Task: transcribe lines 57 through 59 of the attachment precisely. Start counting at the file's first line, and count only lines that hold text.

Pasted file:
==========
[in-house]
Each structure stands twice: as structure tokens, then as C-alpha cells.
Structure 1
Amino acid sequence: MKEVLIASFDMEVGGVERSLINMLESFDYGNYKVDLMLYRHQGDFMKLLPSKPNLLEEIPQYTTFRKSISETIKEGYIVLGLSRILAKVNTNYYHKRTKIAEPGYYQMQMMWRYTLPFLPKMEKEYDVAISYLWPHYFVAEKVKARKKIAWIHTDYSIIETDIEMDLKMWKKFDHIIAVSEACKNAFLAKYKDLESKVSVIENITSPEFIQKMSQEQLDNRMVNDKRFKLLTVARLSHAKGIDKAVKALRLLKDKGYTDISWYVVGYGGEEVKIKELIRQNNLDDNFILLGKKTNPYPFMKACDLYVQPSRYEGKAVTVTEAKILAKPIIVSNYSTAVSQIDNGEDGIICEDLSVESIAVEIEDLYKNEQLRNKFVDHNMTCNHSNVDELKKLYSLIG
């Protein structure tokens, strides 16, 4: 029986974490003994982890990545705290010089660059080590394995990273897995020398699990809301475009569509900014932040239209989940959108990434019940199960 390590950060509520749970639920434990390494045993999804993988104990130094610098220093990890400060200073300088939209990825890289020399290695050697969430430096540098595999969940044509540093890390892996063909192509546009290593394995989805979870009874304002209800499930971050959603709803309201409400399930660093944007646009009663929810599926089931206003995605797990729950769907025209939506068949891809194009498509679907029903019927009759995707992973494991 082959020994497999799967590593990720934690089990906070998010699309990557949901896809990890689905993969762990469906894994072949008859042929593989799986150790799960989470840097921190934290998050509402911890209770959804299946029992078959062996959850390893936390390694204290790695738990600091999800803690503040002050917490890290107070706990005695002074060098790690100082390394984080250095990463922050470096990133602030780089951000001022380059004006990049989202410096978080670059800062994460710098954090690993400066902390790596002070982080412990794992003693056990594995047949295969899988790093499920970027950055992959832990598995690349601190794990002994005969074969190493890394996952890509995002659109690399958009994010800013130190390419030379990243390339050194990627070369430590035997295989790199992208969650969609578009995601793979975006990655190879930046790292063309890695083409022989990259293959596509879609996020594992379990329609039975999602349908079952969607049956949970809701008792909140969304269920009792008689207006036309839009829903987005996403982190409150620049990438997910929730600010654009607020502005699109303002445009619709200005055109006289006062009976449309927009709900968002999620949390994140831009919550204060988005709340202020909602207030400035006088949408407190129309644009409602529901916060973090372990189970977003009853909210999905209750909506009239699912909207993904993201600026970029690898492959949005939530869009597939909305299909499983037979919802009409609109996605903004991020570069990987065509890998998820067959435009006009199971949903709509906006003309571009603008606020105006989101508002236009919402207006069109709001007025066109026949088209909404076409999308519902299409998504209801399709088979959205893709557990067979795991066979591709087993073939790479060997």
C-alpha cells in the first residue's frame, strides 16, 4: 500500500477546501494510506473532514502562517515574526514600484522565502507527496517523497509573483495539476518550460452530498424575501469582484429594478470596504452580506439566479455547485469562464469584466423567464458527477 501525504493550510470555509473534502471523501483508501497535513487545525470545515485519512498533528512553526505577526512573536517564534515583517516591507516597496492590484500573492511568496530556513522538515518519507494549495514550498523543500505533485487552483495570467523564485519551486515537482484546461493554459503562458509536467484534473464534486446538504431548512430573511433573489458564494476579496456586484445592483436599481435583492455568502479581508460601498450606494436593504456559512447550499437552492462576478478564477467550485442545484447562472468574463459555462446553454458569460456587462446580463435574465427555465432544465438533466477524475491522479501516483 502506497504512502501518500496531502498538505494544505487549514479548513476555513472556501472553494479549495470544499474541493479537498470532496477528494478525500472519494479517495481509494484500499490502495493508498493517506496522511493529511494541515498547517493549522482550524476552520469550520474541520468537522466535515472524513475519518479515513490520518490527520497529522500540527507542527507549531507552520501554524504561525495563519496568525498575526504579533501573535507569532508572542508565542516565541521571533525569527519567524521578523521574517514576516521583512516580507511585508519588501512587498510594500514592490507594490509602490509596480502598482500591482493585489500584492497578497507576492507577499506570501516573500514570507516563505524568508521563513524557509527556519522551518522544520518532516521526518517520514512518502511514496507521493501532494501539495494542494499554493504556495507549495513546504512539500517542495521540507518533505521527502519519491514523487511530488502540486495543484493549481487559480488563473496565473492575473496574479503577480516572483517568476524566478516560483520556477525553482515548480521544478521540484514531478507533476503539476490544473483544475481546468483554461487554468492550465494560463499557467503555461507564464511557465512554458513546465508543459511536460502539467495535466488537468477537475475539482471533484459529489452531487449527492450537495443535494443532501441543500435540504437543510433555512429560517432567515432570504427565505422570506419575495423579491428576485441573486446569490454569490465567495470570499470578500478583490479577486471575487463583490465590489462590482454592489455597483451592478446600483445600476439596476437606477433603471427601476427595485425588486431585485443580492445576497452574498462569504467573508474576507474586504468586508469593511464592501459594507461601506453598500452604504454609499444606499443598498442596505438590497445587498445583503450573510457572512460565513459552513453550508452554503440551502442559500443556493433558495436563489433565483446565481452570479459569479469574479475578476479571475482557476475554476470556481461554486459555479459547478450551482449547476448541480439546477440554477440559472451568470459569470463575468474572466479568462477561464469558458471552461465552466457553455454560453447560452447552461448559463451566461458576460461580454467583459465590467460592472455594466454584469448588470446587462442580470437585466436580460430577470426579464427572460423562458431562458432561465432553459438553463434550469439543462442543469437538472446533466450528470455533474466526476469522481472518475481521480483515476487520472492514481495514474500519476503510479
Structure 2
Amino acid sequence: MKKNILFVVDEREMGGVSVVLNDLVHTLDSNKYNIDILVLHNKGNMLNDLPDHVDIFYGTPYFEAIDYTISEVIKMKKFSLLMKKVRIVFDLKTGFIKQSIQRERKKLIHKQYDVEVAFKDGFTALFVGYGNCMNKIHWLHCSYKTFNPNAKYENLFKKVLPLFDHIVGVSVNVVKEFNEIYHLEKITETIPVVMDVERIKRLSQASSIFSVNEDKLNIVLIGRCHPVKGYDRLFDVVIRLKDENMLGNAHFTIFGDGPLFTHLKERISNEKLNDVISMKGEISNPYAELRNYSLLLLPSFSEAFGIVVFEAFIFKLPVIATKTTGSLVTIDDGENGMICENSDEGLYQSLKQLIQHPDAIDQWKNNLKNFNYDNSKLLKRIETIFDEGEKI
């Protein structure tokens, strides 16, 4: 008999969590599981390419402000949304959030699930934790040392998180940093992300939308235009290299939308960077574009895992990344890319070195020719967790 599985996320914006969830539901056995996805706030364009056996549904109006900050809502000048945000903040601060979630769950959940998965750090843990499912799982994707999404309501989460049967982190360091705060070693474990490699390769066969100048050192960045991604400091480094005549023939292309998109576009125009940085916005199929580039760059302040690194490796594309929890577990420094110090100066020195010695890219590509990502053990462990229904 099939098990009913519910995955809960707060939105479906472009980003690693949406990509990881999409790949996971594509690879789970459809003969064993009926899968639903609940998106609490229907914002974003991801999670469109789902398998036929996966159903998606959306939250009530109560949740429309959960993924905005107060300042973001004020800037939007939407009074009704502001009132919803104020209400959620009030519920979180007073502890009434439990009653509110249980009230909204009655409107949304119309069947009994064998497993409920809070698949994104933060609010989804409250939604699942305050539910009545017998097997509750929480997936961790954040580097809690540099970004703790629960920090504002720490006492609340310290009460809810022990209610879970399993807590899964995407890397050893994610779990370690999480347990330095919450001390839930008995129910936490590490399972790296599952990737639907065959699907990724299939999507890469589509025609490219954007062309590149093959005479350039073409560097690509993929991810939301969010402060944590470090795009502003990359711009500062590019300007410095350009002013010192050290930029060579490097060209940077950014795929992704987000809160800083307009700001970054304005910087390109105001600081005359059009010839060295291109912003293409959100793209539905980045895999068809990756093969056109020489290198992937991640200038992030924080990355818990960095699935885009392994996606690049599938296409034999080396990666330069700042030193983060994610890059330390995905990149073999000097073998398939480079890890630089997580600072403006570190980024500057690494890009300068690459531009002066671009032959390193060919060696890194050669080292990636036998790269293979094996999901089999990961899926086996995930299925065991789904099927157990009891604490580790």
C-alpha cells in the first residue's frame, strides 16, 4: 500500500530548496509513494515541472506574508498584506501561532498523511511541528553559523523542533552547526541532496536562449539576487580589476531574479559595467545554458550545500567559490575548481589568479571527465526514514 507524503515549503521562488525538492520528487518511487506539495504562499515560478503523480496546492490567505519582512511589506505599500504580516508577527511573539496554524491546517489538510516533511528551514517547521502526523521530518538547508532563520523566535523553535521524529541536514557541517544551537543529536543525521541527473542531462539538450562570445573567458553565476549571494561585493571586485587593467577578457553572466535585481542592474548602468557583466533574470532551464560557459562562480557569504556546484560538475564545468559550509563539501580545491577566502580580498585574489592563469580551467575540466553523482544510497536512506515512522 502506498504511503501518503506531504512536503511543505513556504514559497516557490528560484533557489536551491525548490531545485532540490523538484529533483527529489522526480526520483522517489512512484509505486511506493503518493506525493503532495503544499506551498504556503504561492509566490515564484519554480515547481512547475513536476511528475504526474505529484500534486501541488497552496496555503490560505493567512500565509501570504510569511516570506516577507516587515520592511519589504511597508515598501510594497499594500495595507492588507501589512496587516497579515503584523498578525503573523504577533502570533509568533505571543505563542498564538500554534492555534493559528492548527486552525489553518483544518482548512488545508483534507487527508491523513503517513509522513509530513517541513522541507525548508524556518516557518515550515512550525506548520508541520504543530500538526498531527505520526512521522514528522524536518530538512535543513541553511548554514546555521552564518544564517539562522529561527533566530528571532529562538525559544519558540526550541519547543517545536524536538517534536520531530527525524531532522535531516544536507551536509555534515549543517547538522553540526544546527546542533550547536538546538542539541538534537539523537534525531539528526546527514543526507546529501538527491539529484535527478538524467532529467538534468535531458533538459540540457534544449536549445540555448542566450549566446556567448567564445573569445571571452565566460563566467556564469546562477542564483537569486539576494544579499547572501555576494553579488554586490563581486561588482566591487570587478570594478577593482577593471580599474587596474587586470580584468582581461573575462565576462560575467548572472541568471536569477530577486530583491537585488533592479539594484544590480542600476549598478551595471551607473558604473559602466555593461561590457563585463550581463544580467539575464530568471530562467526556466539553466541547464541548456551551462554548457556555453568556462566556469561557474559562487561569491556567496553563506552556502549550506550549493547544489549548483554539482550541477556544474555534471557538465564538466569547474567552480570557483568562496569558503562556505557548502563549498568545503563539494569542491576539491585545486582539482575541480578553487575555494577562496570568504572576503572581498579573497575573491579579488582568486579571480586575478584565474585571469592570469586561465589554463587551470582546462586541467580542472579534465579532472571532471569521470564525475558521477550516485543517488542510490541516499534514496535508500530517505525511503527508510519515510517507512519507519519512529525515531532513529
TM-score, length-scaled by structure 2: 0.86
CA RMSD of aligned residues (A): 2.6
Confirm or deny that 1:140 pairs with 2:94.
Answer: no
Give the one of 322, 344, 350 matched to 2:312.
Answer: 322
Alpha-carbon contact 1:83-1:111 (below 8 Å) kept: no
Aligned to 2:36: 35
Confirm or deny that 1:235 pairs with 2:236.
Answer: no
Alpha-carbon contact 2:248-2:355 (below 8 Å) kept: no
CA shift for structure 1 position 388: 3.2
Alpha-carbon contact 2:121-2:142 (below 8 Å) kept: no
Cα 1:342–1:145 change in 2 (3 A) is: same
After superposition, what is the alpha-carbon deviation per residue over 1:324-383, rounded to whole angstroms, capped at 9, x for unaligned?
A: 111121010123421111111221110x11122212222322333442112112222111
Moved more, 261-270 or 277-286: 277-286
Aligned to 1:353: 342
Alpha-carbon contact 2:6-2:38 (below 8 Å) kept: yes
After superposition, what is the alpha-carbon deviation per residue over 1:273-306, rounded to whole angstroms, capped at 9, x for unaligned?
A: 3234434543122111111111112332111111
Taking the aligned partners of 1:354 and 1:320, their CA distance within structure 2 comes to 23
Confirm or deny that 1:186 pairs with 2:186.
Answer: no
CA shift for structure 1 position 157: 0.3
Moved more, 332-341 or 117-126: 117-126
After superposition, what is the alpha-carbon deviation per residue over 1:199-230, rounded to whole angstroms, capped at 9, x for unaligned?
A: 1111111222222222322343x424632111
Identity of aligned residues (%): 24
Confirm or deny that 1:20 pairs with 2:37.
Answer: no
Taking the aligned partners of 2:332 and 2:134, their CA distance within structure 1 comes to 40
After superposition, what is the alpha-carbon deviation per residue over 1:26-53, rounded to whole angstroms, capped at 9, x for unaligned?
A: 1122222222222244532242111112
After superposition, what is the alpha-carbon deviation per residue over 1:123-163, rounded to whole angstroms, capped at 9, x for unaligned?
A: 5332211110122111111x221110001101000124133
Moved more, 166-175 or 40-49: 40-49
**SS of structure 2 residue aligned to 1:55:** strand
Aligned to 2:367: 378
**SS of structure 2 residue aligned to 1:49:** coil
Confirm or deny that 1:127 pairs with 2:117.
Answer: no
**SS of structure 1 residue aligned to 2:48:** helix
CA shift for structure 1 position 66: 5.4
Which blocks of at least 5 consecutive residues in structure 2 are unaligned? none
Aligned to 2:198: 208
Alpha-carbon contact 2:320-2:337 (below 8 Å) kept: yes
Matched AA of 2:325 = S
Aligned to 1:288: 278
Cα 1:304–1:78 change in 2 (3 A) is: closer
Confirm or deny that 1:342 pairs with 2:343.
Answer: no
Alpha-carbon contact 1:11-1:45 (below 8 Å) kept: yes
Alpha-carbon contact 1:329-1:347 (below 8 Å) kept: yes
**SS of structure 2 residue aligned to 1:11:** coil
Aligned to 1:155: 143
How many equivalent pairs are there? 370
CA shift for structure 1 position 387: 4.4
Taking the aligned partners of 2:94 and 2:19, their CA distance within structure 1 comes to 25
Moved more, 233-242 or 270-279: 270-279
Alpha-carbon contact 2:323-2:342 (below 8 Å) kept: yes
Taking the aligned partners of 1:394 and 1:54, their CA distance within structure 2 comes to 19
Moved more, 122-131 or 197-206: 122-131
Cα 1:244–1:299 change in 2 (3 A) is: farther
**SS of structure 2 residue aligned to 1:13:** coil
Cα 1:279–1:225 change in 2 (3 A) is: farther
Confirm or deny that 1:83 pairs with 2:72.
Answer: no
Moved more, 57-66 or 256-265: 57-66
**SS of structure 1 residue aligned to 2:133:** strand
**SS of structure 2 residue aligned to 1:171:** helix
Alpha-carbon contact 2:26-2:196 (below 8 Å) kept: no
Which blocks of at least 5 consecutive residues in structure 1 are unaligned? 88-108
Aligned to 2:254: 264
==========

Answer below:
Alpha-carbon contact 2:320-2:337 (below 8 Å) kept: yes
Matched AA of 2:325 = S
Aligned to 1:288: 278